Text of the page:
Now that we’ve hit 2020, 2040 is crazily not too far into the future for us.
20 years to be exact. Because of this, the themes explored in the documentary 2040 aren’t too far-fetched making his latest documentary foray relatable and fascinating to many generations watching it.
As filmmaker Damon Gameau expressed in the beginning of the film, his ideas for the future exist somewhat in our present with the realistic possibility of existing in the year 2040.
This was one of the great ways Gameau portrayed his ideal vision of the future. Ideal being somewhat utopian as opposed to dystopian as so many people see the future of humanity becoming. His idealistic approach to seeing the future spawned from his need to see a positive one for his young daughter. It’s very refreshing to see someone take a positive outlook on Earth’s future and what good things are happening in the world today. Our opinions on topics such as climate change are heavily clouded by the media’s negative perception. Opinions are formed for us and dismissive attitudes are spawned in its place. Why worry about something that won’t happen for us? Why worry when we’re all doomed anyway?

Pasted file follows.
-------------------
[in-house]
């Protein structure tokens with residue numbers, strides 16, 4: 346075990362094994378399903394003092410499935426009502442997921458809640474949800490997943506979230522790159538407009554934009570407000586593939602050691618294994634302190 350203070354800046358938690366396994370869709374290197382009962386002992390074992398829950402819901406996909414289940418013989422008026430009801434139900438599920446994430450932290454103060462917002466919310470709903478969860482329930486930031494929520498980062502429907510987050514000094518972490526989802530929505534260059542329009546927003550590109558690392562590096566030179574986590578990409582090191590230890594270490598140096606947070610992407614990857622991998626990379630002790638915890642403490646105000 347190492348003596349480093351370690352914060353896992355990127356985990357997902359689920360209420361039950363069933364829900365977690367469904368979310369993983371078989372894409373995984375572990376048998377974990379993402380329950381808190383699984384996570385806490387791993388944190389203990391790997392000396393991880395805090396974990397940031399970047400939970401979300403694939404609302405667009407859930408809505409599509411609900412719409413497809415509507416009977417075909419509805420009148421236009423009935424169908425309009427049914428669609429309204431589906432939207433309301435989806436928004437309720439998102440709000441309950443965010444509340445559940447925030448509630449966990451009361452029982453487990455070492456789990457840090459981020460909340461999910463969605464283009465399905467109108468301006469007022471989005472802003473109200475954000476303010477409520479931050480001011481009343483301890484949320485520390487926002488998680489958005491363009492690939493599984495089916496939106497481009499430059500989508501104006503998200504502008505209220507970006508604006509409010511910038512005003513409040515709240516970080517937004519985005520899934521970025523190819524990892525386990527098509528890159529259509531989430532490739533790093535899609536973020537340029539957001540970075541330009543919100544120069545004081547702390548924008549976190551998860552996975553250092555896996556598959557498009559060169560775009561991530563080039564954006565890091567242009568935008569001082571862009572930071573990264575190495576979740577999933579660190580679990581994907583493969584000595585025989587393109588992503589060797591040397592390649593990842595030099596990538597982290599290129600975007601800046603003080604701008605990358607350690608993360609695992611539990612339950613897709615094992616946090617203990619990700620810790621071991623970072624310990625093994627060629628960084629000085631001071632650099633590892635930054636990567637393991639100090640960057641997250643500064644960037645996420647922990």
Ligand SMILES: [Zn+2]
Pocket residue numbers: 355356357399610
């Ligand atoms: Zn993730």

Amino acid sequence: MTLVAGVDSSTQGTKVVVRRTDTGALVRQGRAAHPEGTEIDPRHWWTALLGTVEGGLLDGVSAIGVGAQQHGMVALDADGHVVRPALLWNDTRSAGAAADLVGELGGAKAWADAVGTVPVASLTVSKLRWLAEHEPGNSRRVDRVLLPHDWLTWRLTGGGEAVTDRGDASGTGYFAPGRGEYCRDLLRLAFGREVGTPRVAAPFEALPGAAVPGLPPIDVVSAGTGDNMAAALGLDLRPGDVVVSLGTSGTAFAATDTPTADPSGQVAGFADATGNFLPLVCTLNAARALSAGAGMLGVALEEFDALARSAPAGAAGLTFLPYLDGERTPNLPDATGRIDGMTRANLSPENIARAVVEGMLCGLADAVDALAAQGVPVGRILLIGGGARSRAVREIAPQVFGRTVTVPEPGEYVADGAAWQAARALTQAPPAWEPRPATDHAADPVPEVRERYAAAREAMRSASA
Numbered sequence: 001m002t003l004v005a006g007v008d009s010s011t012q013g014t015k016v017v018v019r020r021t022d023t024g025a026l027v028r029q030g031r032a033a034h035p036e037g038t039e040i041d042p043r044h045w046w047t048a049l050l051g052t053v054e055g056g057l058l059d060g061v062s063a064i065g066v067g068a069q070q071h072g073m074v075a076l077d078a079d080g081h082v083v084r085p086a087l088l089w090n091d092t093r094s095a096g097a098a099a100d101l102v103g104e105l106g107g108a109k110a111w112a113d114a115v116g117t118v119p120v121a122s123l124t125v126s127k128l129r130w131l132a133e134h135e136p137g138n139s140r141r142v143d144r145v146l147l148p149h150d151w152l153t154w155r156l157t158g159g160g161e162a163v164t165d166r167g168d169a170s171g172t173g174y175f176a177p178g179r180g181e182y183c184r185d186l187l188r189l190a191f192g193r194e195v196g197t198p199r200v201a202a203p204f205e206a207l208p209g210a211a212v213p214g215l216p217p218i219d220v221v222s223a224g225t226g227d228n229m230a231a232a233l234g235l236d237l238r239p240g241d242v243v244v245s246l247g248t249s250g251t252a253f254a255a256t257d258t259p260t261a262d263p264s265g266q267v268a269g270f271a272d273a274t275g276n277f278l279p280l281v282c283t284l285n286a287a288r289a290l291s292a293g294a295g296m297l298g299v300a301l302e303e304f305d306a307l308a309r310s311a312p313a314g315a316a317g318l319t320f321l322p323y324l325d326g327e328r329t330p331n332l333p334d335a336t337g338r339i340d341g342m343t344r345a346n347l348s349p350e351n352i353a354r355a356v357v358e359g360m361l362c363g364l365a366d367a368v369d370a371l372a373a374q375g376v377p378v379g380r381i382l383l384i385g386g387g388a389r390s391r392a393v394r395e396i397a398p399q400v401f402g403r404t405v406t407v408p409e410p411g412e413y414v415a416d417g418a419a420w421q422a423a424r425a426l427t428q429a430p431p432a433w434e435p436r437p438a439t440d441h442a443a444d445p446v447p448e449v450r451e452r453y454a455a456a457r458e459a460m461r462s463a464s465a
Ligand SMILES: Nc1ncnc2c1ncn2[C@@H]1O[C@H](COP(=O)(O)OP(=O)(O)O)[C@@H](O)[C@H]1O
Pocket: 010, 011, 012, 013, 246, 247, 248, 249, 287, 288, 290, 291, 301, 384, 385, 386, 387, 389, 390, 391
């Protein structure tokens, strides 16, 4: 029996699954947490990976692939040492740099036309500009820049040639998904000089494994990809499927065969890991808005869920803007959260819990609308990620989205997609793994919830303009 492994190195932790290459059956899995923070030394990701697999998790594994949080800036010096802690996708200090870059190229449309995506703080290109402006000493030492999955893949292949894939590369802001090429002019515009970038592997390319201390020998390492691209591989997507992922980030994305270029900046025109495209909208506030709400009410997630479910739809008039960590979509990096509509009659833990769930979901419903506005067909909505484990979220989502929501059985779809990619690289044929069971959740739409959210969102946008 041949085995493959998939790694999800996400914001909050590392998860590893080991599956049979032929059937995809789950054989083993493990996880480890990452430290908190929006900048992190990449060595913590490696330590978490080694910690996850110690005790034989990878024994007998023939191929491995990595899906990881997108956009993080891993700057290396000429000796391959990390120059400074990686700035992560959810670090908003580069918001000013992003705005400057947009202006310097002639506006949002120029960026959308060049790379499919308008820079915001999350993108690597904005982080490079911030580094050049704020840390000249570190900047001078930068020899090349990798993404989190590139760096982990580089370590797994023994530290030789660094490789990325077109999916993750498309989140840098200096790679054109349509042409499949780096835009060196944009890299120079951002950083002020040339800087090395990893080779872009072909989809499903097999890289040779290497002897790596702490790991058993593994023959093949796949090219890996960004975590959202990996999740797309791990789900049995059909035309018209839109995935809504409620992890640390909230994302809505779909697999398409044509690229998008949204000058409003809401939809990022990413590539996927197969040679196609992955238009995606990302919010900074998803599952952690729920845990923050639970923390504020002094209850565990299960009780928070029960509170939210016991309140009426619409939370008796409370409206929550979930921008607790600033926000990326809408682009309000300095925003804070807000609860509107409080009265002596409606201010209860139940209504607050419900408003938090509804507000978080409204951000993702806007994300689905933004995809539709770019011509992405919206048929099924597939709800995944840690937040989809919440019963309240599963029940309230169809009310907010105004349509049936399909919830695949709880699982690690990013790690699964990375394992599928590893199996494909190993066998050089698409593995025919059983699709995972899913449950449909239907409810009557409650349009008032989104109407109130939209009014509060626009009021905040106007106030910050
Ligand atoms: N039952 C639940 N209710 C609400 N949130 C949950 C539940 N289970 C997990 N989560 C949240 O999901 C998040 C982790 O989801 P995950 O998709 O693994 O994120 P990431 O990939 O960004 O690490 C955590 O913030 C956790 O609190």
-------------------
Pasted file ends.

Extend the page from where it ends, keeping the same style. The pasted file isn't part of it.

Gameau, known for his hit documentary ‘That Sugar Film’, slowly solidifies himself as someone willing to explore the hard-hitting topics, but in a less evasive way. It was surprising to ‘see’ this future too via digital technology and post-production editing. I also didn’t expect the documentary to take on somewhat of a narrative, hiring an actress to play his daughter in the future and donning the make up to appear older alongside his wife. This clever decision-making grabs the audience’s attention and allows them to form their own opinions.
Is 2040 an accessible film for all ages? Sure. Kids old enough to understand the themes will benefit from its context. If they’re not curious about the topic, their attention span will waver.
Most adult viewers though will benefit from a viewing of 2040, perhaps changing their thoughts on an otherwise bleak future.